I’m proud to have my song “Go in Peace” included on the latest album from Abbey of the Arts, The Love of Thousands: Singing with Angels, Saints & Ancestors. It’s humbling to have my music placed among songs from beautiful artists whose music I cherish, including MaMuse, Melanie DeMore, and Karen Drucker. The album accompanies the Christine Valters Paintner’s latest book. I’ve read and loved three of Christine’s books so far, and The Love of Thousands will be the next one I dive into. The book’s message is timely, because so many people I’ve connected with lately are in “all hands on deck” kinds of situations, where the love of angels, saints, and ancestors—those “sacred beings who dwell in spiritual form across the veil,” as Christine puts it—is deeply needed. A YouTube playlist of the album is here.
My mom, Dorothy Stenstedt, died on May 19, 2022, and we had her Celebration of Life on August 14—first a church service, then a party. Here’s what I said at the service.
I’ve received two beautiful ones in email, and I’m sharing them here. If you know of more, please send them to me. I find them helpful and comforting during this strange time.
A friend requested “I am from” poems for her birthday. This is mine.
A few years ago my inner critic was not only speaking to me a lot, but it was also easier than usual for me to “hear.” What I mean is that I was able to notice my critic’s voice in real time and write down what it said. During that time I always kept a few outdated business cards in my back pocket so I could pull one out and write on the back of it at a moment’s notice. I’d write something like, “That scene you wrote yesterday is stupid and pretentious,” then put the card back in my pocket. Ha, caught ya, little voice! Just writing these nasty things down and getting them out of my head provided helpful objectivity. I could examine the cards in a clear light and see them for what they were—absurdities, lies, and sneaky half-truths: “You should be exercising all the time.” Absurd. […]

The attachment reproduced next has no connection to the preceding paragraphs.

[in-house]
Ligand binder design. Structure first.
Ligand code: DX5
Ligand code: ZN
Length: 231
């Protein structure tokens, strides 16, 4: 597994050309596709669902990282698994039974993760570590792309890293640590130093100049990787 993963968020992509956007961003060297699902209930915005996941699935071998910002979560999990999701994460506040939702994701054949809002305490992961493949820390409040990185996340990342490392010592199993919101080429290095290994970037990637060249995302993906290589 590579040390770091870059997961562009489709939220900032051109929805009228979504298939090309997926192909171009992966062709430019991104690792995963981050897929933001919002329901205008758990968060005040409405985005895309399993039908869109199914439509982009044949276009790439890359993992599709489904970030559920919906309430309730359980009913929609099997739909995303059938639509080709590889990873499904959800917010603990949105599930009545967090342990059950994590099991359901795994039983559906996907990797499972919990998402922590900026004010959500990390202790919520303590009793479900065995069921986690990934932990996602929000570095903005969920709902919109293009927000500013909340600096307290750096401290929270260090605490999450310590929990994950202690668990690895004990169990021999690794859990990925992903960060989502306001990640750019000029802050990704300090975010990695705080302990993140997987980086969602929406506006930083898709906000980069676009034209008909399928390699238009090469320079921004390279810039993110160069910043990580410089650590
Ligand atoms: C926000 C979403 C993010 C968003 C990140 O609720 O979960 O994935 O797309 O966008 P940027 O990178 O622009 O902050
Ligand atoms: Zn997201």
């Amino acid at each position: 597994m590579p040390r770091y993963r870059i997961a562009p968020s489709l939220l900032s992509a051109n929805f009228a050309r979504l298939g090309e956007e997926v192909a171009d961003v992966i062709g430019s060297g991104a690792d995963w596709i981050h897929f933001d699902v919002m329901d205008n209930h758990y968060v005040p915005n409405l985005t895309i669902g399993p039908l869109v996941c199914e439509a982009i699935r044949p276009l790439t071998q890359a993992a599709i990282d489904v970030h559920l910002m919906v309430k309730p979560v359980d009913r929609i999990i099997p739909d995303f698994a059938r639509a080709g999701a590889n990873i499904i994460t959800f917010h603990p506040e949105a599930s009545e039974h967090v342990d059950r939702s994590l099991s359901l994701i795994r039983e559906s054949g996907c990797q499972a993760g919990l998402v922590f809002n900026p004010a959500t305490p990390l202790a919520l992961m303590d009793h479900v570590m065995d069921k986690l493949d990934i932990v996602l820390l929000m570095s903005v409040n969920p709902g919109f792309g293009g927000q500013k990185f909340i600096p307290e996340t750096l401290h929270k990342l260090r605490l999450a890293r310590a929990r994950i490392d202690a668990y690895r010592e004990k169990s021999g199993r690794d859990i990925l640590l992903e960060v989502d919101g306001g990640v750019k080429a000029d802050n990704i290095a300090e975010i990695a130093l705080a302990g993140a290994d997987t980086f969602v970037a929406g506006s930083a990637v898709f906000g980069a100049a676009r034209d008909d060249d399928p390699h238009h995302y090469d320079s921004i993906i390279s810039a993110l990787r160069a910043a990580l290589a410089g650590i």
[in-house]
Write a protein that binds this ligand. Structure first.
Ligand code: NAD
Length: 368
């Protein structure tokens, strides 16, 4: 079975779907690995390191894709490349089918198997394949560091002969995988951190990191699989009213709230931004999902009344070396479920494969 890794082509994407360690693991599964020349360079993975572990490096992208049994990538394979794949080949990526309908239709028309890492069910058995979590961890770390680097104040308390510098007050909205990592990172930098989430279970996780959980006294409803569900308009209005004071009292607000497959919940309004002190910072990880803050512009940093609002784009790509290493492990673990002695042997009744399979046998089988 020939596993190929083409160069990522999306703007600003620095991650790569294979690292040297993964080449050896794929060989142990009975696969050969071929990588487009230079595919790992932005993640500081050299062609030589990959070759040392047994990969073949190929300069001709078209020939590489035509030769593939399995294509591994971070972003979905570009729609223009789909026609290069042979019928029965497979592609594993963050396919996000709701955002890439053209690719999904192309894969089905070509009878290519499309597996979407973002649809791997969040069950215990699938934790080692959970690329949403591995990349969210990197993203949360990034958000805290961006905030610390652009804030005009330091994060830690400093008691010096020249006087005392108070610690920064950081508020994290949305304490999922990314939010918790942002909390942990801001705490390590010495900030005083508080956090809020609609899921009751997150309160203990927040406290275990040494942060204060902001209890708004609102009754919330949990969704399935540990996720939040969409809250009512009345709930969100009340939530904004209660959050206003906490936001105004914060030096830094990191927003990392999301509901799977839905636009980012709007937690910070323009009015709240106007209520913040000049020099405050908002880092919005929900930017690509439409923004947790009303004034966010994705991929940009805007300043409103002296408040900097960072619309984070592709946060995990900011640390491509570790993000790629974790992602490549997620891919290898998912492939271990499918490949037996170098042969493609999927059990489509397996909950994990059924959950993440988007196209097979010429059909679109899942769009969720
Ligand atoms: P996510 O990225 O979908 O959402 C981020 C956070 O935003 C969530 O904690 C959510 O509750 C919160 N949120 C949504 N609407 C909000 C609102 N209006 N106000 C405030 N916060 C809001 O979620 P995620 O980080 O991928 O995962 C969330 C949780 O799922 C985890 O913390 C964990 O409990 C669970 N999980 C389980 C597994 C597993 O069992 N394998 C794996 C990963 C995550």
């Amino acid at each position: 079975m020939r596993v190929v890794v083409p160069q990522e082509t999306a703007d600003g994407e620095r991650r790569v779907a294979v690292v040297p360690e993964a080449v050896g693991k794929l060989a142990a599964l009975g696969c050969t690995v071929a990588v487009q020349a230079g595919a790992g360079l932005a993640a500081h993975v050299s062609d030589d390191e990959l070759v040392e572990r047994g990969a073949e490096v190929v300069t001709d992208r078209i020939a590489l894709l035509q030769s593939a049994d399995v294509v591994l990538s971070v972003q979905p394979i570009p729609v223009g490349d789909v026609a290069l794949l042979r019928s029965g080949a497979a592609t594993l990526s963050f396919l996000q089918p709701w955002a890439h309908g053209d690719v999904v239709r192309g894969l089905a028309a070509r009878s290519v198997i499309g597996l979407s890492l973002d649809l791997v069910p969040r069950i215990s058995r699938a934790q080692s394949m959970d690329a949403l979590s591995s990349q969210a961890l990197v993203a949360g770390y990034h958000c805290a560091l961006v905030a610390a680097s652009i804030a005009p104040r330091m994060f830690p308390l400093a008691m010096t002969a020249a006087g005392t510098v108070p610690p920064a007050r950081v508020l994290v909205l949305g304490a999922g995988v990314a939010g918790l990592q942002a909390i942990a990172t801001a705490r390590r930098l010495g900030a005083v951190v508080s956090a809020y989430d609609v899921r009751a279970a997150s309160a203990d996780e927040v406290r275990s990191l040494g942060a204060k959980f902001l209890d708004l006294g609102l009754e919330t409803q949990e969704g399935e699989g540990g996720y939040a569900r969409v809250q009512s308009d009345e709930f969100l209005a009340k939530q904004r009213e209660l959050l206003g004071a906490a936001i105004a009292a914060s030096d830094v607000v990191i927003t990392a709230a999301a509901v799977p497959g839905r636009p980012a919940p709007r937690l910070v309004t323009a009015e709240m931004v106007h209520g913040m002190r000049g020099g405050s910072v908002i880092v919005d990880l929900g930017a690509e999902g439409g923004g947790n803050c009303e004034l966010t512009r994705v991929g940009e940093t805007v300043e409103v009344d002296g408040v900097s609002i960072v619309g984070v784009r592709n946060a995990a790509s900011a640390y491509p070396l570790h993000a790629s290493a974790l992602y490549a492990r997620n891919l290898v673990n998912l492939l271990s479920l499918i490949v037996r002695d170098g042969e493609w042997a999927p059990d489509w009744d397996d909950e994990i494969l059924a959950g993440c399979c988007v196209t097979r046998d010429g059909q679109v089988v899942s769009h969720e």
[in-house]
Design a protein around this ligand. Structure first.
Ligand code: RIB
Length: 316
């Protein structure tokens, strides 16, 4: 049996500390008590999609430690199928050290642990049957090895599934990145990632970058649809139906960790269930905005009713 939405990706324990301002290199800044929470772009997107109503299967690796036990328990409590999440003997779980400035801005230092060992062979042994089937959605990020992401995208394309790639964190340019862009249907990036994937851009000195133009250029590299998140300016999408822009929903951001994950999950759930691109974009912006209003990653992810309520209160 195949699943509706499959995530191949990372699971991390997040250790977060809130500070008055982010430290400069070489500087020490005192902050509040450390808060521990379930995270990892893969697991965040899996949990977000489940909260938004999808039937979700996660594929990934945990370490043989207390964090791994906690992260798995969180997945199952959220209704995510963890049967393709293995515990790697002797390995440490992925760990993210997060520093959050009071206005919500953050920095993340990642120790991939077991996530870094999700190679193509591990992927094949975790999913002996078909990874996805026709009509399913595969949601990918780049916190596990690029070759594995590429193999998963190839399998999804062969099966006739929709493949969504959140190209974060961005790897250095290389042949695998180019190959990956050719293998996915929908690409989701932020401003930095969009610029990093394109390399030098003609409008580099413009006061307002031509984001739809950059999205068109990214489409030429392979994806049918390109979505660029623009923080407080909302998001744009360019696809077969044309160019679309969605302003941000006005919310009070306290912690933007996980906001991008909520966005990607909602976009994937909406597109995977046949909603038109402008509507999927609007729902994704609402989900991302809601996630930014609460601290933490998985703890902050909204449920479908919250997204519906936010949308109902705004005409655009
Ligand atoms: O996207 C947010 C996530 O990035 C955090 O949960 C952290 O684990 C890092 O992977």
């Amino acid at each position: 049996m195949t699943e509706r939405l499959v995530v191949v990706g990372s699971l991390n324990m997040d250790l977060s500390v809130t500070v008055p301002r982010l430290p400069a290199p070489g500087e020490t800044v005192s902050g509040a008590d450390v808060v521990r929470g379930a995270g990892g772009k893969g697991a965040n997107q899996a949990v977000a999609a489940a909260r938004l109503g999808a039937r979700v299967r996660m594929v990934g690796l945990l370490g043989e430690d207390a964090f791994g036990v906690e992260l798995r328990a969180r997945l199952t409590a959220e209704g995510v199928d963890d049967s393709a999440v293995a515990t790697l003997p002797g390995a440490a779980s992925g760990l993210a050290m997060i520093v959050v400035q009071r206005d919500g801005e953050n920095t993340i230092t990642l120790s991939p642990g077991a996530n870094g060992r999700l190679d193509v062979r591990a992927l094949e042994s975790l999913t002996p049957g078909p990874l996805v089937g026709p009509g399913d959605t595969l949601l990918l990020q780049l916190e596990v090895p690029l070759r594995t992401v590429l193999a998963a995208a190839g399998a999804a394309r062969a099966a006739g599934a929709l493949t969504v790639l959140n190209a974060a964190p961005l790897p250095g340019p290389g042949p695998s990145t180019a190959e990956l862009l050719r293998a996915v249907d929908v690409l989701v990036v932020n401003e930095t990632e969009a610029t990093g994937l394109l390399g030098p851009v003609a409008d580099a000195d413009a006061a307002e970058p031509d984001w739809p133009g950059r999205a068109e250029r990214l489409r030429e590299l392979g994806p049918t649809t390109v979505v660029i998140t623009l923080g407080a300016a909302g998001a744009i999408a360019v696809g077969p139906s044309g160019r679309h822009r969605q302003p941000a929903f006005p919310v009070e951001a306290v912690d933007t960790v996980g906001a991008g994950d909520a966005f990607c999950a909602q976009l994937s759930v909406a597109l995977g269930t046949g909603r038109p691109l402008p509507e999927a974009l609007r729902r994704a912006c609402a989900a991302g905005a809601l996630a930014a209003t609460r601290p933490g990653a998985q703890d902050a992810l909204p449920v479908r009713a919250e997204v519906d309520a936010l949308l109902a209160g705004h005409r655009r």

The image on the cover of Shirley du Boulay’s An Extraordinary Life is from an 18th c. painting, and as in all famous images of Teresa of Avila, Teresa is lovely, and maybe 17. So when I read what she looked like when she got to the point in her life where she had real authority, it made me wish there were icons of her looking like this:
In “The Bowl of Roses” (full text below), the poet Rilke spends eight lines painting an ugly picture. And then:
But now you know how these things are forgotten:
for here before you stands a bowl full of roses…
Thus begin sixty-four exquisite lines of instruction on how these things are forgotten.
(for Cookie the neighbor cat)
I gaze at the heavens,
searching for you, my God.
(Ps. 123:1, ICEL Psalter)
Early this year I had a short episode of almost-but-not-quite depression, and it arrived along with an image of what happens for me during the worst of those times, which hasn’t happened for almost 20 years: A giant boot descends and plants itself on my chest, and I’m unable to move or negotiate. It’s enormous, it’s simply there, and it’s heavy enough to crush even the cheeriest and most optimistic of mortals. For me depression isn’t really about sadness. If sadness is warranted, I can sit with the sadness and even welcome it, but the boot is different. The boot can’t be sat with, snapped out of, or “moved through.” The boot stops life from being lived. In May I painted the boot, and it turned out to be an image of my own ongoing change, learning, and redemption. I’m warding off the boot, and its color is way more […]